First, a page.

The photographs in Jeremiah Chechik's new exhibition, "Among Stones" at Hollywood's SHOW Gallery, could never be tagged #nofilter. His crisp, eerie and evocative landscape captures from the Joshua Tree desert show the iconic arboreal and heavy-stone masses and shapes in stark relief against flawless skies — but the air has its own thing going on. Though made as photographs, with the luscious saturation of the palette cues he layers in, subtly gradient and responsive to natural shade and shadow, Chechik takes on the role of color-field painter or science fiction illustrator. Strange and beautiful, alien and romantic painting and photography combine to do what art does: show us back our familiar world, transformed. SHOW Gallery, 1515 N. Gardner St., Hollywood; opening reception: Wed., Dec. 12, 6-9 p.m.; exhibit: Tue.-Sat., 11 a.m.-5 p.m., thru Jan. 5; free. (323) 834-8142, show.gallery. —Shana Nys Dambrot
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Writ Large Press is 10 years old this month and to celebrate, instead of a book, the DTLA imprint's commemorative release is a mixtape. Like, on cassette. This actually makes sense because WLP is an old-school, hard-drinking, late-night dancing, chapbook-publishing, raucous public readings, crate-diving kind of independent literary hub. The mixtape is a limited edition (100 copies) that includes readings by a panoply of WLP's poet and author family members, such as Melora Walters, Mike Sonksen, F. Douglas Brown, Teka-Lark Fleming, Chiwan Choi, Khadija Anderson, Rachel McLeod Kaminer and Ernest Hardy. For a poetry party, this one is going to get loud. Grand Star Jazz Club, 943 N. Broadway, Chinatown; Thu., Dec. 13, 8-11 p.m.; free. facebook.com/writlargepress. —Shana Nys Dambrot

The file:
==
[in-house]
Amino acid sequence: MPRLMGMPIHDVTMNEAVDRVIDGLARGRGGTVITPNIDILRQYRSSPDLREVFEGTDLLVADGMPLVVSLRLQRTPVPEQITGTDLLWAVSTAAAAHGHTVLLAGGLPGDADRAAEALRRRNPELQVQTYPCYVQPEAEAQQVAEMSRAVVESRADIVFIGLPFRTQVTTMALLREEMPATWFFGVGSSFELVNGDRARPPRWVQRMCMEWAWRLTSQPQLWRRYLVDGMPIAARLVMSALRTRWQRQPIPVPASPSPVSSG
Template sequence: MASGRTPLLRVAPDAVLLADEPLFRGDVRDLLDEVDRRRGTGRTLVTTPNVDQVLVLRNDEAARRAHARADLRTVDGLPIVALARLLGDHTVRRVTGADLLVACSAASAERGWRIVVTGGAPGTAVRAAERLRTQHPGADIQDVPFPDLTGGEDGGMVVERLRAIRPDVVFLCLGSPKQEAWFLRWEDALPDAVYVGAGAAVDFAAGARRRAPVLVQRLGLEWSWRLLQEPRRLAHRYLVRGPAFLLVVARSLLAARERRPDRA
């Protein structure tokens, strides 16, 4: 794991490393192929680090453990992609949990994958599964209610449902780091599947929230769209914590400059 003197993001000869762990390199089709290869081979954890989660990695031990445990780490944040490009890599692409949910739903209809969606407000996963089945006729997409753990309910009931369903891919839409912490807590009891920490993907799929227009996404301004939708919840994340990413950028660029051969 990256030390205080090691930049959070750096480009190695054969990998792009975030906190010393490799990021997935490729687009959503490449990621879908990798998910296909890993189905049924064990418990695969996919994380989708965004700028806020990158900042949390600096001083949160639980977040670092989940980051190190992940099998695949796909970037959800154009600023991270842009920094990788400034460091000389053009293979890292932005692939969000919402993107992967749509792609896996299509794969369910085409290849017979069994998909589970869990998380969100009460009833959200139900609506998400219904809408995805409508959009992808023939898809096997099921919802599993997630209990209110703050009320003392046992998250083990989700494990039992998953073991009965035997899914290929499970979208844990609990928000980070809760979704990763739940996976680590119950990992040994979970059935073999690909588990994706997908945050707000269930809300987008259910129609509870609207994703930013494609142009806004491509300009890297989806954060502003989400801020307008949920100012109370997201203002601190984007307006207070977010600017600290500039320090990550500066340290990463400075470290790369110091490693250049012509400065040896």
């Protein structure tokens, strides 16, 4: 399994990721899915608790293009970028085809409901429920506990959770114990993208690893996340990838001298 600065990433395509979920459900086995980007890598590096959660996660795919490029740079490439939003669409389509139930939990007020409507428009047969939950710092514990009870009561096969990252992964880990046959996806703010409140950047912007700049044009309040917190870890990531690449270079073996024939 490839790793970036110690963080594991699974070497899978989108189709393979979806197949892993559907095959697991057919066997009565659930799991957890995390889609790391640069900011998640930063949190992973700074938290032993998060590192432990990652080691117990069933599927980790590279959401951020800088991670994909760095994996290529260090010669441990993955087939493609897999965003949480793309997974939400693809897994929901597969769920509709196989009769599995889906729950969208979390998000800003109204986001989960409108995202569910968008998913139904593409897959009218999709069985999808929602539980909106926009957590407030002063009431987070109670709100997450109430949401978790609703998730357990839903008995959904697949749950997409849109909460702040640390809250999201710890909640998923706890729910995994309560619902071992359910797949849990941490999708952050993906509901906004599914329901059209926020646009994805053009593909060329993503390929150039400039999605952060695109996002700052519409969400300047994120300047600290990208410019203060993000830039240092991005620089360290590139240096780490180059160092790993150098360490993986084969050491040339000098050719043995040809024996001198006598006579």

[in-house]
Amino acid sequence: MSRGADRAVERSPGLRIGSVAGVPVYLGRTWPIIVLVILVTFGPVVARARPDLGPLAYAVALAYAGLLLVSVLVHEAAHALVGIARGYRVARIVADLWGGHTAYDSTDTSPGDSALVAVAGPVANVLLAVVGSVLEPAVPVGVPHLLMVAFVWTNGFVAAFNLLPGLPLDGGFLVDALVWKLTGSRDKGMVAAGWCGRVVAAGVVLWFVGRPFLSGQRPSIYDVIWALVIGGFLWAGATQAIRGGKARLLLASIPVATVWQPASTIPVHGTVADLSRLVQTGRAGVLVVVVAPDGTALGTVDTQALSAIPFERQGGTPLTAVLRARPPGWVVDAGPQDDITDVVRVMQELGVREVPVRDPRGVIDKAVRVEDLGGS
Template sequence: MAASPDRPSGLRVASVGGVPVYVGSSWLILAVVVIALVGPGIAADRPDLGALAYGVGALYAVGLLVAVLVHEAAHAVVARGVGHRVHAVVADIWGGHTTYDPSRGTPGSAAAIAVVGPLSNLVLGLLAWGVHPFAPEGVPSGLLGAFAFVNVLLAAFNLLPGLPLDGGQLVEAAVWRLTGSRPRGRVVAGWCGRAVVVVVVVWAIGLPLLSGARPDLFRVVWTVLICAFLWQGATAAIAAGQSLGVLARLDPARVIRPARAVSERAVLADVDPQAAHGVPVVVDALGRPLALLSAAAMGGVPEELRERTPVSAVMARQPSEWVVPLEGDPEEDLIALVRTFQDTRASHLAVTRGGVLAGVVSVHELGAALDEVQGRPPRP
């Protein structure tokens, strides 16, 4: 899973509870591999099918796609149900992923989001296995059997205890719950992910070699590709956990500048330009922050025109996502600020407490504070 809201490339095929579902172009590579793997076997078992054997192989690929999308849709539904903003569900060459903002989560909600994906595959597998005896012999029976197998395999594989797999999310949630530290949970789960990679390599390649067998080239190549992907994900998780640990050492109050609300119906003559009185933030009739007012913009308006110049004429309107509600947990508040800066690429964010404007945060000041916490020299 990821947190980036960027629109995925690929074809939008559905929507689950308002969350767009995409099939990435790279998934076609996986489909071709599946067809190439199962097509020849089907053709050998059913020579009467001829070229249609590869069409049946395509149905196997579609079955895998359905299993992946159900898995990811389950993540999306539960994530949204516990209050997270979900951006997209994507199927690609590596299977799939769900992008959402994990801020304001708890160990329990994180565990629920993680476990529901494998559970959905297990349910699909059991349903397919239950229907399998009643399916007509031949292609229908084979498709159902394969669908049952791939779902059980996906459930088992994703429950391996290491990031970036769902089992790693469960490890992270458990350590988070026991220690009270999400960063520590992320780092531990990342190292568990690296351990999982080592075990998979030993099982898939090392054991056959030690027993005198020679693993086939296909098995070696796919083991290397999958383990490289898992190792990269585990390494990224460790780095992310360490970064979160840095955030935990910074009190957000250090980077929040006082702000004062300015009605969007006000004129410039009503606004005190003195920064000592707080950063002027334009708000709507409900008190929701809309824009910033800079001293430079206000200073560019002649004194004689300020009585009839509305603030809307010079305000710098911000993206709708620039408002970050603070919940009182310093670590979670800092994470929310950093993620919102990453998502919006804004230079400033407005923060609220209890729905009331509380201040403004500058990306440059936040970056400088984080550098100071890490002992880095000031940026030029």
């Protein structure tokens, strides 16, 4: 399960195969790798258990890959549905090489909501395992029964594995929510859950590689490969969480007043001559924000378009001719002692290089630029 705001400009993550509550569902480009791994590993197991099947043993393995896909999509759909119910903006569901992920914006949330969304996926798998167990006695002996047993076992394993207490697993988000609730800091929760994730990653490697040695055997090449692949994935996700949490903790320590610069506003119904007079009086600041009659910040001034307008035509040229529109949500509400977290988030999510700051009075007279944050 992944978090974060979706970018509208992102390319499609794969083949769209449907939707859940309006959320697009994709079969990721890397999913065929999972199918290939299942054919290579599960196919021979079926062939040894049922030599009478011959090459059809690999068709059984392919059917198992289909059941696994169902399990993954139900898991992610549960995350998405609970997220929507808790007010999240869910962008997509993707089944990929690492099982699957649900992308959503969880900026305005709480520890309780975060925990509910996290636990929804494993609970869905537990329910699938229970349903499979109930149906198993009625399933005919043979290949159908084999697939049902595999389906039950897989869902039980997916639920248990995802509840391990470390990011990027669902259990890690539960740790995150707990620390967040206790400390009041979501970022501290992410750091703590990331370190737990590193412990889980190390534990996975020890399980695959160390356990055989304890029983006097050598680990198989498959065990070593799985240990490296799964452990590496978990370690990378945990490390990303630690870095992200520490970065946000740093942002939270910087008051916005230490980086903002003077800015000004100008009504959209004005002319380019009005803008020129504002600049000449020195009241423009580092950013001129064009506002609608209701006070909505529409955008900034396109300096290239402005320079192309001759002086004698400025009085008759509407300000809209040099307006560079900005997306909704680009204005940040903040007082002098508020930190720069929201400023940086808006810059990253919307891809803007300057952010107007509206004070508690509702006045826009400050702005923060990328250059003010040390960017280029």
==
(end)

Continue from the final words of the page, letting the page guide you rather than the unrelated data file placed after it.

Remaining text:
Santa's for suckers. For LA.'.s darkside-loving denizens, it's all about the Krampus, and for six years now the annual Los Angeles Krampuslauf (Krampus Run) has been gathering fans of the Central European folklore figure for a raucous procession through the depths of downtown (Winston between Main and Los Angeles streets). And it's happening during Art Walk! Expect Krampusy chaos as people dressed in hairy and horny getups pound the pavement and party like animals. The run/walk portion is from 8 to 9 p.m., followed by a free gathering at the Lash (117 Winston St.) from 9 to 10 p.m. How all these horrific holiday hijinx are going to stay within the perimeters of a mere two hours is anyone's guess, but don't be surpised to see more faux fur in downtown's surrounding bars and hangouts on Thursday. Those interested in being an official performer at the event, email firstname.lastname@example.org. Downtown L.A.; Thu, Dec. 13, 8-10 p.m.; free. krampuslosangeles.com/la-krampuslauf-2018. —Lina Lecaro